Excerpt from the book Braiding Sweetgrass: Indigenous Wisdom, Scientific Knowledge and the Teachings of Plants, by Robin Wall Kimmerer.
Verb-based versus Noun-based
English uses many more nouns than verbs, whereas most Indigenous languages are far more verb-based. This results in a worldview where objects are less foregrounded than actions, where relationships and interconnections are highlighted. As Mi’kmaq author and professor Dr. Marie Battiste has said, “It’s understanding what things do as opposed to what things are. You have an awareness of a phenomenon, of being in relationship to it.”
Bernie Francis, Mi’kmaq
“Everything happens in the verb. Mi’kmaq people see the world as being as always moving, always changing. The English language, being a noun-oriented language—I could use perhaps a metaphor by saying that English is like a still camera that takes pictures of the world, frame by frame by frame. The Mi’kmaq language is more like a movie camera that takes pictures of the world as being in constant flux.”
Art Napoleon, Cree
TV host and producer, educator, performer
“It’s really verb based, Cree. Like say ‘rain,’ there’s no way to say rain. You have to say: ‘It’s raining.’ It doesn’t exist as a noun. You can’t say wind by itself. It is winding.”
Jeremy Green, Kanyen’keha / Mohawk
“Kanyen’keha is my second language. It’s definitely a different way of thinking about the world and describing things. There’s a lot more respect. English is very patriarchal. Whereas Kanyen’keha is very matriarchal, it’s filled with a lot of expressions for respect. And the way you describe things it’s all about respecting relationships right? You can’t have a relationship without action so that’s why Mohawk is all verbs, because it describes relationships mediated through action. Very very simple.”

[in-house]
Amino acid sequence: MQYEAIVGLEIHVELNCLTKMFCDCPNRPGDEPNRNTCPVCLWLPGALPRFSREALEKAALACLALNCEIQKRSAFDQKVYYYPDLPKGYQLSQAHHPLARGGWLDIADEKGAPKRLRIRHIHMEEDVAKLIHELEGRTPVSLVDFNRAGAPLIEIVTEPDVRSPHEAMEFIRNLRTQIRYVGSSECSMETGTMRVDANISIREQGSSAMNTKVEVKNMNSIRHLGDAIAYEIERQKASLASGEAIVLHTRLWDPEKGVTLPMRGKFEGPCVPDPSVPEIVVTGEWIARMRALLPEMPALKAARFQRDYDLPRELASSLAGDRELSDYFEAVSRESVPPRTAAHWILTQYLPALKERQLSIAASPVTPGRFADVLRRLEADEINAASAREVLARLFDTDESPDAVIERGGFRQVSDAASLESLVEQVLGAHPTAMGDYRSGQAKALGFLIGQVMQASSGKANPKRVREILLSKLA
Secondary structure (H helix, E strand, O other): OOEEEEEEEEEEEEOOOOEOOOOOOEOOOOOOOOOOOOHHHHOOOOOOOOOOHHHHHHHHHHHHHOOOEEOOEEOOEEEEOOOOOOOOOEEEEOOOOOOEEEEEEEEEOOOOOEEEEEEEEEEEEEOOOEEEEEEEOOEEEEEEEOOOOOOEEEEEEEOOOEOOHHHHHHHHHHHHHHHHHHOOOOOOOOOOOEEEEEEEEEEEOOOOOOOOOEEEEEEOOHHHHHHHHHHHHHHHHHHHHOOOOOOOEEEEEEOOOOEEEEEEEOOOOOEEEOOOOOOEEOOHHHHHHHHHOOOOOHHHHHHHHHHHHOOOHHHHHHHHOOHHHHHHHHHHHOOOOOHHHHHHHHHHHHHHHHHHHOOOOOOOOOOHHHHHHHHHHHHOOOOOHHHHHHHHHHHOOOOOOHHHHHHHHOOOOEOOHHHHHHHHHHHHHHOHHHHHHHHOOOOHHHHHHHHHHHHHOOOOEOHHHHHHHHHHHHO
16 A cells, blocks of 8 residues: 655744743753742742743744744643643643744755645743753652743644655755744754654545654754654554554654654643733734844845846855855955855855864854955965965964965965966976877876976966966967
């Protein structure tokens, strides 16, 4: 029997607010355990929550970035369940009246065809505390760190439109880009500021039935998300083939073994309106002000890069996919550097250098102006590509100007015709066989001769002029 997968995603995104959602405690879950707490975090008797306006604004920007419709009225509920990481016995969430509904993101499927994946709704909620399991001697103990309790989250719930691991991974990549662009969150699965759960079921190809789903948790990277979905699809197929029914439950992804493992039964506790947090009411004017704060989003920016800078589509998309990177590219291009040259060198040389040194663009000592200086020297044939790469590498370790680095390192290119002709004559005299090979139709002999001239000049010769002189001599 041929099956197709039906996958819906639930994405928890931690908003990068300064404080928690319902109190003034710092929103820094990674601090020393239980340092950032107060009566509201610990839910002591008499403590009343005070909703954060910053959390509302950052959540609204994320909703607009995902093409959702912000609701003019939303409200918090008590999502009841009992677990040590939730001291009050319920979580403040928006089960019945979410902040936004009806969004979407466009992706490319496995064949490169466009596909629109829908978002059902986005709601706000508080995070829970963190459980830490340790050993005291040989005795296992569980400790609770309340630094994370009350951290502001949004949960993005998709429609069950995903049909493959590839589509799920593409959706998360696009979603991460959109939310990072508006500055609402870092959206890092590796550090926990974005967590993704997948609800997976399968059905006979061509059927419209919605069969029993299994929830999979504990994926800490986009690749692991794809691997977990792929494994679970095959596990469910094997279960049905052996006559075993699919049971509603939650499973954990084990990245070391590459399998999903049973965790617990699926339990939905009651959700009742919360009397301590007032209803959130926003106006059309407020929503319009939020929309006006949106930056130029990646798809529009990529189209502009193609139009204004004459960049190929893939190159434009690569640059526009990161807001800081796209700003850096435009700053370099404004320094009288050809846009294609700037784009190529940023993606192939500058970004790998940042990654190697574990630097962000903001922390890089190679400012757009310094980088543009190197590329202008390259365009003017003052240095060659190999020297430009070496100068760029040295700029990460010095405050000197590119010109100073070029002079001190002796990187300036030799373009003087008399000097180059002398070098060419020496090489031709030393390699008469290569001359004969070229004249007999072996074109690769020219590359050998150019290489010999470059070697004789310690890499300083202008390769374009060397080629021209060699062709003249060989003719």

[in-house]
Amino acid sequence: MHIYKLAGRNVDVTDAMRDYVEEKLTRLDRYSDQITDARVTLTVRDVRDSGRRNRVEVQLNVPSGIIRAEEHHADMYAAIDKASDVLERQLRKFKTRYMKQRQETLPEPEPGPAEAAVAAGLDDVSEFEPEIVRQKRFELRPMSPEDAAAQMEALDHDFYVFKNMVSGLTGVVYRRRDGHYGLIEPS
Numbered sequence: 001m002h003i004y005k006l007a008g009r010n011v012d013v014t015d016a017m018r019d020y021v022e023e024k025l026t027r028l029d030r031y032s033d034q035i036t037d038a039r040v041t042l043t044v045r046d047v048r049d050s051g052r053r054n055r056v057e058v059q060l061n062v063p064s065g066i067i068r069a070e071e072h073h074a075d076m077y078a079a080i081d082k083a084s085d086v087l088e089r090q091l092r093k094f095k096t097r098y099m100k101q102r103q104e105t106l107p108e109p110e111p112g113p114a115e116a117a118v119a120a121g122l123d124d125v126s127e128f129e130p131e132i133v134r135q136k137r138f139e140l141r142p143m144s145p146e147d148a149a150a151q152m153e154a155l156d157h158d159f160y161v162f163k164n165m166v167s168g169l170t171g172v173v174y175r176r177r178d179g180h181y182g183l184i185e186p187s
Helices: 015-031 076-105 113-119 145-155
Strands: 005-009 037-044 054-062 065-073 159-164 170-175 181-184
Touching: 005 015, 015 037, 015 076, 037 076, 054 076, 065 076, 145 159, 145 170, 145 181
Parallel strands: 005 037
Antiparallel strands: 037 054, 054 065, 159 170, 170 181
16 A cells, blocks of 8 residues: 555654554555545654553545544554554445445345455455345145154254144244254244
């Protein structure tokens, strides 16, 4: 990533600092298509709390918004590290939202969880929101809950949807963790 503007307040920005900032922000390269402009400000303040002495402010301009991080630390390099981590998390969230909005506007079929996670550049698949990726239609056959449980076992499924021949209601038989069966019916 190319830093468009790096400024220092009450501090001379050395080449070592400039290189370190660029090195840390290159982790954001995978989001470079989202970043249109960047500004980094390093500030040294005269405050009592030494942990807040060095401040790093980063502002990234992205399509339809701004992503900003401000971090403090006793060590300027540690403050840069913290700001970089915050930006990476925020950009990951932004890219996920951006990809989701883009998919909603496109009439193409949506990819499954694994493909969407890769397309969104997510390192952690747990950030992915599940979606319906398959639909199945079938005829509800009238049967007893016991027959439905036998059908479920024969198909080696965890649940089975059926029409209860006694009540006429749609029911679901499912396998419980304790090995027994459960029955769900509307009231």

English is a language that puts “I” first, both in its conjugation lists and many of its sentences. However, some Indigenous languages give this primary place to “you.” In these languages it is more common to say, for example: “You are seen by me” rather than “I see you.” Linguist Danielle Cyr speaks about Algonquian languages:
linguist, on Algonquian languages
“If Aristotle had been Algonquian, we would see ‘you’ at the top of the conjugation list. Instead of seeing ‘I’ as an ego in the centre of the arena, ‘I’ is the speaker, but they’re not a prominent speaker in the play. And all that they say is in relationship to ‘you’ so that the ‘you’ is well informed and will remain a good partner. It is not all altruism, it’s practical. I will not survive if you are not in my vision field, if you don’t understand me.”
Khelsilem, Sḵwxwú7mesh / Squamish
writer, activist, public speaker, and elected Squamish Nation Council member
“In my experience, the language creates a behaviour of respectfulness and reciprocity and carefulness and kindness. It’s not as bombastic as English or as interrupting and overriding as English can be. I really feel that when you are able to become a language speaker, or you are raised with a language, you have a different way of both looking at the world and also a different way of behaving when you operate from the mindset of that language. That’s the decolonization that can happen from language reclamation.”
In polysynthetic languages, sentences are based on verb “roots” that have many possible prefixes and suffixes added onto them to create complex concepts, so that what might be said in a full sentence in English is often expressed in a single lengthy word. The construction of the polysynthetic language Inuktitut has been compared to a set of Lego pieces interlocking to create meaning, as opposed to a series of individual beads (words) on a string, as in English.
Polysynthetic languages are said to be more flexible than English in that speakers are creating vocabulary “on the fly” through their creative use of these interlocking pieces. Apparently the punning possibilities are endless.